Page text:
Pond plantsWe started with some aquatic plants and cannas on the steps , though the cannas didn’t fare as well as expected and I pulled them later. We bought one big water lily from a pond store and a couple of small ones Andrea found on Craigslist and a friend gave us a huge one that I cut into smaller plants. Add some cattails and something I don’t know and we were on our way to having some really nice aquatic plants in our pond. But we couldn’t keep all the plants on our steps.

purple lily

We needed to build shelves in the pond to have a place deep enough, yet not too deep, for the plants to thrive. Now, gunnite pools are pretty much all curves that people building ponds from scratch don’t have to deal with. Queue the brilliant idea… Andrea found bags on the internet and I got four yards of sand delivered and we set about building up the floor of the shallow end to hold plants.

Colin sand
Dylan and Drew sandbags

I had help, which is good, because this is only half of the two hundred we filled and placed:

Big pile of sandbagsSo… we have shelves and there’s no way I’m doing that again in the deep end. I dove after the first placement and found a bag had slipped to the drains…took me 10 minutes to get that thing up and back to the shallow end! Hauling a 50 pound bag out from the depths isn’t an easy task and when I came up for air, the darn thing slid back down and away!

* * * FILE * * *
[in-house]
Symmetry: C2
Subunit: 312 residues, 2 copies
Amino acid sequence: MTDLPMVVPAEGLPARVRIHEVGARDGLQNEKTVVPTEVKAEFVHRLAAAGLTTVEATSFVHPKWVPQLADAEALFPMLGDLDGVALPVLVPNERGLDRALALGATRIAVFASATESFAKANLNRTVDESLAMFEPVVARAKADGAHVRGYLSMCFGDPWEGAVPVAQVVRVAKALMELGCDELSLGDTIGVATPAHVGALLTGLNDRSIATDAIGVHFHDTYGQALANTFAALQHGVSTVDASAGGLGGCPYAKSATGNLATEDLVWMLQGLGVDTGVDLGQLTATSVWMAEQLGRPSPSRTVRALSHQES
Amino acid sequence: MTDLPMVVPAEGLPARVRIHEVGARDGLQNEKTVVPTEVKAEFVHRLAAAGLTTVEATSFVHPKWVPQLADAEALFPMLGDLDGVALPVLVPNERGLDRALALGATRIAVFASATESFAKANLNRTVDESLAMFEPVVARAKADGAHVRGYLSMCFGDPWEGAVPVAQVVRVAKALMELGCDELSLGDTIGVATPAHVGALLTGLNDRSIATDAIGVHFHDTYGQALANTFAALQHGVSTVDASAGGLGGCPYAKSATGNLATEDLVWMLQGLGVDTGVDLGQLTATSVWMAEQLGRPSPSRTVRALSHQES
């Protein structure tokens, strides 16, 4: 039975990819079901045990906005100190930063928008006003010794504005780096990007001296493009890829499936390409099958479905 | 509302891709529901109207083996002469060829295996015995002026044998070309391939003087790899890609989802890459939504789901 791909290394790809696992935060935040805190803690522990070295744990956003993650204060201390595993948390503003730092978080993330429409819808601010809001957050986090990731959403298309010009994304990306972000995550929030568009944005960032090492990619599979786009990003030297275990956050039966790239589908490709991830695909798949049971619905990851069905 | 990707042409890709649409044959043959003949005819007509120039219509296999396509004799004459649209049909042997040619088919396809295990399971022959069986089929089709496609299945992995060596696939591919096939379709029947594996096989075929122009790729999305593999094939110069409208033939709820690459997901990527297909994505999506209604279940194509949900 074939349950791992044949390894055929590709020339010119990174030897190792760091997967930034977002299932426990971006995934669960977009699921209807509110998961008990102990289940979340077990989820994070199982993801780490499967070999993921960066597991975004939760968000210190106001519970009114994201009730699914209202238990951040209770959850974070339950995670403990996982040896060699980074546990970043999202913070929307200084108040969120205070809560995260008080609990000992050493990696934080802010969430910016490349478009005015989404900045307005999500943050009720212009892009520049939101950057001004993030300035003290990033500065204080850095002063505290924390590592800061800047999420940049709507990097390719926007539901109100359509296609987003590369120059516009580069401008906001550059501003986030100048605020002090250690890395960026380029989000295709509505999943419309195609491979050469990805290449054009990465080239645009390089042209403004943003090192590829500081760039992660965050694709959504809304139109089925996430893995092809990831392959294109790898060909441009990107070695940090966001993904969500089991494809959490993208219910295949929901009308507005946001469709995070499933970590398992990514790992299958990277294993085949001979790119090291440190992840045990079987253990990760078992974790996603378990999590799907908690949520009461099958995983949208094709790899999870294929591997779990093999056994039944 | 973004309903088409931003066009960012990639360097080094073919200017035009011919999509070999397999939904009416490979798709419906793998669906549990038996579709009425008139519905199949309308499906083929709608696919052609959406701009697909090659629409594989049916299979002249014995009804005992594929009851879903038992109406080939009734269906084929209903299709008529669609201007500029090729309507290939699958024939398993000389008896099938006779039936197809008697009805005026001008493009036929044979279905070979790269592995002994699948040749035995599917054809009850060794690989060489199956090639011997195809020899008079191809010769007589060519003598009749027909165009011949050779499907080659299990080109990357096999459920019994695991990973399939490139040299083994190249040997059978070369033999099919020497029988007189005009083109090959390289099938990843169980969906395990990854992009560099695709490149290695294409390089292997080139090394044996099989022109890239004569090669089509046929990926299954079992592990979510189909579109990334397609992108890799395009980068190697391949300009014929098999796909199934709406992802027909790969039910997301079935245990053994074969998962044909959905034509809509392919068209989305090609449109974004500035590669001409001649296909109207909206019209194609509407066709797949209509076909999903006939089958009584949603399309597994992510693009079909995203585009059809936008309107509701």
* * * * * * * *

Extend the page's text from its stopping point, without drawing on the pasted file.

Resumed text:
Oh, and I put two kinds of mint, a basil plant and some other kind of water plant I don’t know in our waterfall…aquaponics at work: the pond water flows over their roots and they are doing very well. (The mints are for mojitos…shhh!)

Populating with fauna

We didn’t just want a pond that was nice to look at. We wanted a pond we could swim in and fishes that we could swim with. We love snorkeling, but hopping off to Mexico whenever we got the urge is simply not an option. So we created  a huge freshwater aquarium that we could swim in.

Andrea did the research and we decided we weren’t going to do koi. We weren’t even sure the idea would work and we didn’t want to spend a lot of money on fish that died because we didn’t have the balance right. So we got 50 comet goldfish from a pet store, which at $0.20 each is a rather inexpensive starter. About 15-20 died (a number of those probably because the store guy put all 50 in one bag) and after we had no more funerals, we added another 30. Only after we created our thriving community of comets did Andrea find out that in a “tank” as big as ours they could grow to as long as 13″.

The more expensive investment might actually turn out to be a business opportunity. We bought ten mosquitofish from the pond store to help keep the larva down. Andrea wanted more but the guy talked her out of it because they are quite the breeders. After seven weeks, we probably have 80-100 small fry swimming around with the goldfish.

And I’m having a lot of fun snorkeling with the little guys.


Catch and release

When we dove into this project, we had visions of a more complex ecosystem involving lots of critters: turtles, frogs, hopefully birds… And we knew we might attract some that we’d have to relocate – snakes come to mind.